The Realities of Free Basic Services and Indigency: Human Rights, Dignity and Financial Sutainability

The Realities of Free Basic Services and Indigency: Human Rights, Dignity and Financial Sutainability

20. Jun. 2018
HBF
Place of Publication: Cape Town
Date of Publication: June 2018
Number of Pages: 31

South Africa has a complex intergovernmental system that comprises of nine provinces and 257 municipalities, with functions often shared concurrently and resources divided according to agreed fiscal principles and formulas. This situation means that the lines of accountability (responsibility being shared in many instances) is often blurred as one component is dependent on another.

While cooperative governance provides many strengths in a developing context, this is arguably its primary challenge. One of the challenges with the above system of accountability in a developing country context is around the ability and capacity of communities and civil society organisations to hold their local governments accountable. Amongst others, this is due to varying levels of education and access to information, as well as levels of understanding (or lack thereof) of the complex expenditure and financing mandates of national, provincial and local government.

While there is consensus that local government should play a developmental role, there has not been agreement on what exactly this means and how this role evolves and responds to different municipal service delivery contexts. Since the introduction of Free Basic Services (FBS) in 2000/01, the role of municipalities has understandably tended to focus on the extension of basic services to previously marginalised and under-served communities and the eradication of backlogs. Local government delivers key basic services such as water, electricity, sanitation and refuse removal. The 2011 Census (and subsequently the 2016 Community Survey) indicated that the number of households has increased considerably and that there are still significant backlogs across the country.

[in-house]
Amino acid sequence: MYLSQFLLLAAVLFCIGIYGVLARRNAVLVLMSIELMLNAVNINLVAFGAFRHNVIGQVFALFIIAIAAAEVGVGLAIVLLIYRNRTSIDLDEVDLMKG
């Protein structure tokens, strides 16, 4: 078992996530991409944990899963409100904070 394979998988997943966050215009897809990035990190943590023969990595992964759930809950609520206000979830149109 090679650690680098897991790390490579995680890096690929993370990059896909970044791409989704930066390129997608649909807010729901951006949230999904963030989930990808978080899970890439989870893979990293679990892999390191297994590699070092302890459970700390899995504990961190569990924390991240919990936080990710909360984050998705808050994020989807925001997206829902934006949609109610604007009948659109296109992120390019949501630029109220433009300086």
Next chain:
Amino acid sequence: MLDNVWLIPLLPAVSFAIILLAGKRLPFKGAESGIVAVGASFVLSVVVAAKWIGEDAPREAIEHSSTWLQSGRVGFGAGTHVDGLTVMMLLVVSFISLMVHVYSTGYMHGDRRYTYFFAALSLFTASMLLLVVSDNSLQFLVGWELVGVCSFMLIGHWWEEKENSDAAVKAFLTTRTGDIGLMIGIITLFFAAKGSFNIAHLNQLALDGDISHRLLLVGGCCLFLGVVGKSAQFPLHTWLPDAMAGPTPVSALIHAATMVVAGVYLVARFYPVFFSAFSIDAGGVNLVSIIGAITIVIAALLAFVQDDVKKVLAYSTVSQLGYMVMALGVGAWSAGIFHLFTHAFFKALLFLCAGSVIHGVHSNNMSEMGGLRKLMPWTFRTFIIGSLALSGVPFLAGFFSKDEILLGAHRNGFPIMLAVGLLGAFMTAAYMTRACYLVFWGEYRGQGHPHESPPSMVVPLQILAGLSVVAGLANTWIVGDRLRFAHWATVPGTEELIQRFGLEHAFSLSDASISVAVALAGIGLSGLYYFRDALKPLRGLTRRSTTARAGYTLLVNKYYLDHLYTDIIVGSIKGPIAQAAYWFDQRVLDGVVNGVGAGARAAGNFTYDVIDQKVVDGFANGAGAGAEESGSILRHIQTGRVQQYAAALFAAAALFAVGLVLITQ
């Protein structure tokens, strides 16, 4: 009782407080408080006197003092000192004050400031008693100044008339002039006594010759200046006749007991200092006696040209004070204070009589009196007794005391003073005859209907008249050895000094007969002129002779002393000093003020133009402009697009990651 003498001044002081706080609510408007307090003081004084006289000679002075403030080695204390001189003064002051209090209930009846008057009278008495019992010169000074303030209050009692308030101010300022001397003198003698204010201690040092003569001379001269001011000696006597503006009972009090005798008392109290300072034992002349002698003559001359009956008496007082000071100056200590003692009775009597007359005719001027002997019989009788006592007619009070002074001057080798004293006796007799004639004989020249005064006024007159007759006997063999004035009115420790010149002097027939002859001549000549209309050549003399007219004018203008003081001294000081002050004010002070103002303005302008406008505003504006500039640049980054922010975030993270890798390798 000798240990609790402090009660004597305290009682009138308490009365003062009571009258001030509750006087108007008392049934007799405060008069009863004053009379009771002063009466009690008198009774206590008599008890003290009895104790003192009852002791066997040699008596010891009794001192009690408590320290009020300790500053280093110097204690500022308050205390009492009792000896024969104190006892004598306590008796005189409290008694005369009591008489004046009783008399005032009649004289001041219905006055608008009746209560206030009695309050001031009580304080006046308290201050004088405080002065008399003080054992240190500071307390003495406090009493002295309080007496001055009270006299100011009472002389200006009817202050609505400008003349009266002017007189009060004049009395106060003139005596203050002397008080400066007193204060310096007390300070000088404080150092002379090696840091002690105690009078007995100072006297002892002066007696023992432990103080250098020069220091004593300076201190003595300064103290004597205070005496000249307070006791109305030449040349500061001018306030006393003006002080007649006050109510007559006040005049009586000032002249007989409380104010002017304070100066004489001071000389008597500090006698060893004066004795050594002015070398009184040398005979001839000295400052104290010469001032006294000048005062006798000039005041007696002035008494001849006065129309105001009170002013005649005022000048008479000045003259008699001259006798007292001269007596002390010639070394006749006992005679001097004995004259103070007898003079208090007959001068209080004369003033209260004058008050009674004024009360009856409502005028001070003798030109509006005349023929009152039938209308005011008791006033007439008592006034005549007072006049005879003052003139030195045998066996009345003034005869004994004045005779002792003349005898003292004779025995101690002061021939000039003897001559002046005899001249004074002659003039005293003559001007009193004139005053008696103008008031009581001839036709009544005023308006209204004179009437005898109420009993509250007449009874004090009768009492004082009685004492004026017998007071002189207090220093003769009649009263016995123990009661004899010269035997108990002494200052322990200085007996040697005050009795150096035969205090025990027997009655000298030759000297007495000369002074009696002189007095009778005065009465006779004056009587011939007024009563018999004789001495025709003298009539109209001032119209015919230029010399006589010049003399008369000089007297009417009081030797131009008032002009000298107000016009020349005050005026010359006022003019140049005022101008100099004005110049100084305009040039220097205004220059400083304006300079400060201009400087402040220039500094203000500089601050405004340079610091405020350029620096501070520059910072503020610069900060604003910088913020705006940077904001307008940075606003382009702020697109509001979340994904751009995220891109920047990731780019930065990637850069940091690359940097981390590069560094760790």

These developments put pressure on municipalities as demand for services increases. In 2016 municipalities identified 3.6 million indigent households as earning less than R3 500 per month. Of these 3.6 million households, only around 2 million were benefiting from indigent support for basic services.

This means that a high percentage (about 30%) of indigent households are not receiving access to free basic services (particularly water and sanitation), despite the constitutional and policy imperatives.

Exacerbating the challenge is the reality that more and more South Africans are increasingly unable to pay for municipal services and the vast majority of municipalities are unable to raise a substantial portion of ‘own revenue’, which is a key policy assumption in the national fiscal framework. A declining revenue base and increasing cost of services has put many municipalities in deep financial distress, meaning less resources to execute the developmental mandate and having to make painful choices between competing priorities, often at the expense of the poor.

This brief will review national policy and intent with regard to FBS, followed by how FBS are provided and budgeted for in three municipalities, in particular how it caters for those considered indigent. The three municipalities assessed are Lesedi Local Municipality (LM), uMshwathi LM in muMgungundlovu and Emalahleni LM.

The key questions are:

  • Are the intended beneficiaries of this policy (i.e. the poor/poor households) in fact receiving the full benefit of the policy and enjoying the basic services intended to give meaning to their human rights, dignity and a decent standard of living?
  • Are the municipalities in question using their equitable share allocations to ensure as wide a reach as possible of FBS for the poor and indigent, as indicated through the way their mpolicies are framed and applied and through their expenditure patterns?

The brief will highlight key challenges and gaps between the intended policies and how they are actually implemented, drawing on some lessons from these three examples (as limited as they are). Finally, some recommendations are put forward for consideration by policy makers and practitioners about how the gap between the intended policies and practice can be bridged in so far as ensuring that those who qualify do indeed have access to free basic services.

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